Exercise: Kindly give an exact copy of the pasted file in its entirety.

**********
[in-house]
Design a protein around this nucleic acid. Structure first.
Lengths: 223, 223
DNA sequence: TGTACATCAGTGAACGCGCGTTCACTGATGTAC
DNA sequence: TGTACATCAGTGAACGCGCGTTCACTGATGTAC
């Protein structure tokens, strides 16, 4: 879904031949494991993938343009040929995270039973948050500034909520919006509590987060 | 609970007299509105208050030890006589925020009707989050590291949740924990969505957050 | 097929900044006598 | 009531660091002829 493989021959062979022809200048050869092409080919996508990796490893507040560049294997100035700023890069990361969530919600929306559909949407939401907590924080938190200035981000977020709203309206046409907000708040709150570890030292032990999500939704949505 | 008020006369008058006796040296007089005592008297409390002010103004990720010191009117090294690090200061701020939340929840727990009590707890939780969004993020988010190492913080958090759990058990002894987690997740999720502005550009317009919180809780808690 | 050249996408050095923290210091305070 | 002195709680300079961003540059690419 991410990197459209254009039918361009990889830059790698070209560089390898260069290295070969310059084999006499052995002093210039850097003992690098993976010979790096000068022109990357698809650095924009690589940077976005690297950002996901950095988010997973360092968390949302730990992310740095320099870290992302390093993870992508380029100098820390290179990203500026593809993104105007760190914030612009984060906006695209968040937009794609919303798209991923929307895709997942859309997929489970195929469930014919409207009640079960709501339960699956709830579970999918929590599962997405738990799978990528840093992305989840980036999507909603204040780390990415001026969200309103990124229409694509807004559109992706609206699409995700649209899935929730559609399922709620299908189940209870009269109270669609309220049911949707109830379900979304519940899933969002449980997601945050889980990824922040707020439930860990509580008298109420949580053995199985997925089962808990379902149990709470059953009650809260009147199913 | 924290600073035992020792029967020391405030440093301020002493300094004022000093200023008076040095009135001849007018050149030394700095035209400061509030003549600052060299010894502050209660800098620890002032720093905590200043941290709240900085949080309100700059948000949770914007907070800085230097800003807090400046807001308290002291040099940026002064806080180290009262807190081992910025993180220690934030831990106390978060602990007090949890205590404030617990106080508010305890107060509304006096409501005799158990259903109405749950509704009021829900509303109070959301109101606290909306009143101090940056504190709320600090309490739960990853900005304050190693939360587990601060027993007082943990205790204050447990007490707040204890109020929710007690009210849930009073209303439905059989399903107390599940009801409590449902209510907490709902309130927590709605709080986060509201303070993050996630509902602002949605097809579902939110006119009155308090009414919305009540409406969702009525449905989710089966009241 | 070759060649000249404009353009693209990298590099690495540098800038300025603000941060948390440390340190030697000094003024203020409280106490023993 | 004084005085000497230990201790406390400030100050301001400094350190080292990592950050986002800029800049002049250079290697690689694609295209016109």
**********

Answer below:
[in-house]
Design a protein around this nucleic acid. Structure first.
Lengths: 223, 223
DNA sequence: TGTACATCAGTGAACGCGCGTTCACTGATGTAC
DNA sequence: TGTACATCAGTGAACGCGCGTTCACTGATGTAC
């Protein structure tokens, strides 16, 4: 879904031949494991993938343009040929995270039973948050500034909520919006509590987060 | 609970007299509105208050030890006589925020009707989050590291949740924990969505957050 | 097929900044006598 | 009531660091002829 493989021959062979022809200048050869092409080919996508990796490893507040560049294997100035700023890069990361969530919600929306559909949407939401907590924080938190200035981000977020709203309206046409907000708040709150570890030292032990999500939704949505 | 008020006369008058006796040296007089005592008297409390002010103004990720010191009117090294690090200061701020939340929840727990009590707890939780969004993020988010190492913080958090759990058990002894987690997740999720502005550009317009919180809780808690 | 050249996408050095923290210091305070 | 002195709680300079961003540059690419 991410990197459209254009039918361009990889830059790698070209560089390898260069290295070969310059084999006499052995002093210039850097003992690098993976010979790096000068022109990357698809650095924009690589940077976005690297950002996901950095988010997973360092968390949302730990992310740095320099870290992302390093993870992508380029100098820390290179990203500026593809993104105007760190914030612009984060906006695209968040937009794609919303798209991923929307895709997942859309997929489970195929469930014919409207009640079960709501339960699956709830579970999918929590599962997405738990799978990528840093992305989840980036999507909603204040780390990415001026969200309103990124229409694509807004559109992706609206699409995700649209899935929730559609399922709620299908189940209870009269109270669609309220049911949707109830379900979304519940899933969002449980997601945050889980990824922040707020439930860990509580008298109420949580053995199985997925089962808990379902149990709470059953009650809260009147199913 | 924290600073035992020792029967020391405030440093301020002493300094004022000093200023008076040095009135001849007018050149030394700095035209400061509030003549600052060299010894502050209660800098620890002032720093905590200043941290709240900085949080309100700059948000949770914007907070800085230097800003807090400046807001308290002291040099940026002064806080180290009262807190081992910025993180220690934030831990106390978060602990007090949890205590404030617990106080508010305890107060509304006096409501005799158990259903109405749950509704009021829900509303109070959301109101606290909306009143101090940056504190709320600090309490739960990853900005304050190693939360587990601060027993007082943990205790204050447990007490707040204890109020929710007690009210849930009073209303439905059989399903107390599940009801409590449902209510907490709902309130927590709605709080986060509201303070993050996630509902602002949605097809579902939110006119009155308090009414919305009540409406969702009525449905989710089966009241 | 070759060649000249404009353009693209990298590099690495540098800038300025603000941060948390440390340190030697000094003024203020409280106490023993 | 004084005085000497230990201790406390400030100050301001400094350190080292990592950050986002800029800049002049250079290697690689694609295209016109």